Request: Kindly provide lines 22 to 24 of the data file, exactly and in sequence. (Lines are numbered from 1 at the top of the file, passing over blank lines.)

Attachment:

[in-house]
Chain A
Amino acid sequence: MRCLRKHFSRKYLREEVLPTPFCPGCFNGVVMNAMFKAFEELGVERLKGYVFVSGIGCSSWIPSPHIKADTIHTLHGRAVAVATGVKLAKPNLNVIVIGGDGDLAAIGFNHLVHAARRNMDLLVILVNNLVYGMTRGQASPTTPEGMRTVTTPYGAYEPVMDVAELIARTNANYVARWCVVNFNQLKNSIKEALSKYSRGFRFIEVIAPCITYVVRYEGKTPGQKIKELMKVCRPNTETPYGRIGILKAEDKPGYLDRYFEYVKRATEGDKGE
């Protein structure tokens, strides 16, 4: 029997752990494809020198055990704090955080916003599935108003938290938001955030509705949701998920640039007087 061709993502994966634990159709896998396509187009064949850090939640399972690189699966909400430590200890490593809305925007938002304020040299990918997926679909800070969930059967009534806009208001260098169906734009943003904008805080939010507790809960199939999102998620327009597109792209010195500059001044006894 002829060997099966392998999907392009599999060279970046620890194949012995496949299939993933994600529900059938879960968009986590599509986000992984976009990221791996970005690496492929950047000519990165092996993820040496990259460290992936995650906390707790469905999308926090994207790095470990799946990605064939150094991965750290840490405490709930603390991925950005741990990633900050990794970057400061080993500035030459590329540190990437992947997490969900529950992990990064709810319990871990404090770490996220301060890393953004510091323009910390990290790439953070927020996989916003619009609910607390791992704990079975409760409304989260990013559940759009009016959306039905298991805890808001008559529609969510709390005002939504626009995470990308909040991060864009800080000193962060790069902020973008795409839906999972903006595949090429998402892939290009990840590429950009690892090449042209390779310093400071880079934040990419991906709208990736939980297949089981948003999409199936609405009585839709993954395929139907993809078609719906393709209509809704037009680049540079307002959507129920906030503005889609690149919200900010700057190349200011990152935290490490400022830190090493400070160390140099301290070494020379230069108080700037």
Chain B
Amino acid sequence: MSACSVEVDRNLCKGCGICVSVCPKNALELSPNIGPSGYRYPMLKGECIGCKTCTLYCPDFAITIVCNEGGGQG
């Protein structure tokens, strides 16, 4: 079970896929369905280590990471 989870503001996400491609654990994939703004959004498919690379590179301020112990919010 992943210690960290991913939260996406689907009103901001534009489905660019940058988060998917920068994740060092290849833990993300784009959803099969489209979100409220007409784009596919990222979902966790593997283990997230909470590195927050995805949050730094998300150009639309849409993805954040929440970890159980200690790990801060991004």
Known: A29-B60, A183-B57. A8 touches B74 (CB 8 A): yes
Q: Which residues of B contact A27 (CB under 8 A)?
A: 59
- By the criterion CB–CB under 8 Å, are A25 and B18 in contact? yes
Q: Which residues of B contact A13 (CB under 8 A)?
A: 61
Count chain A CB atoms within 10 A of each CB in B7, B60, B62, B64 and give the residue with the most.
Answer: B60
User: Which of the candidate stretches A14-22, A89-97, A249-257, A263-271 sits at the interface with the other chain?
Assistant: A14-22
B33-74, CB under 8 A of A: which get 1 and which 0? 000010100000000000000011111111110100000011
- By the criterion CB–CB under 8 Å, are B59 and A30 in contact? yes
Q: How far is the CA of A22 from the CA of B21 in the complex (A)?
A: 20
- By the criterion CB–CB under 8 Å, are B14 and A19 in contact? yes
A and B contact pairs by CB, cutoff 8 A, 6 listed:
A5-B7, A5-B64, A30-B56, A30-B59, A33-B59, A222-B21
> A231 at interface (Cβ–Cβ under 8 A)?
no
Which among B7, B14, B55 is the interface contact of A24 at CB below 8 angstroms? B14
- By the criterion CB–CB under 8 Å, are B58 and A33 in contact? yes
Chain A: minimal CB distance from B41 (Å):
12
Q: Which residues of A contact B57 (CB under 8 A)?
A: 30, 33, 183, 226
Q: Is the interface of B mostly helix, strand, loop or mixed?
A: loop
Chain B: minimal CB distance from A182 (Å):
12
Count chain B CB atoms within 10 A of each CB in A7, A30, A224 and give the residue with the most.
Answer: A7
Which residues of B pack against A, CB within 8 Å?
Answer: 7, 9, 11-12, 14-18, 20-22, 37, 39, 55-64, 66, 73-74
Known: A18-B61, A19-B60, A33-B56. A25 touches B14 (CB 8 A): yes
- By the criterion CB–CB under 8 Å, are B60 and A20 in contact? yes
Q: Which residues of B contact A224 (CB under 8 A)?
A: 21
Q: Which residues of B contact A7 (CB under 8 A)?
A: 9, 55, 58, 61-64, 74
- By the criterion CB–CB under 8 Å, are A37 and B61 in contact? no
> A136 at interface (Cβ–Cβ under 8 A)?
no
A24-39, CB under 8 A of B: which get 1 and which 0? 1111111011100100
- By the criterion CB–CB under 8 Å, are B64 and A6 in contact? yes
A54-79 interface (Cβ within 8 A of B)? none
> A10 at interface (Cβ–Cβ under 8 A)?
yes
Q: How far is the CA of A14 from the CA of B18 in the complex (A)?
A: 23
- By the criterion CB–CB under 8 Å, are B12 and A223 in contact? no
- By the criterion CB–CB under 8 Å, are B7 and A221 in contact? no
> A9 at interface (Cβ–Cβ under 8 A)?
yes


- By the criterion CB–CB under 8 Å, are B14 and A19 in contact? yes
A and B contact pairs by CB, cutoff 8 A, 6 listed:
A5-B7, A5-B64, A30-B56, A30-B59, A33-B59, A222-B21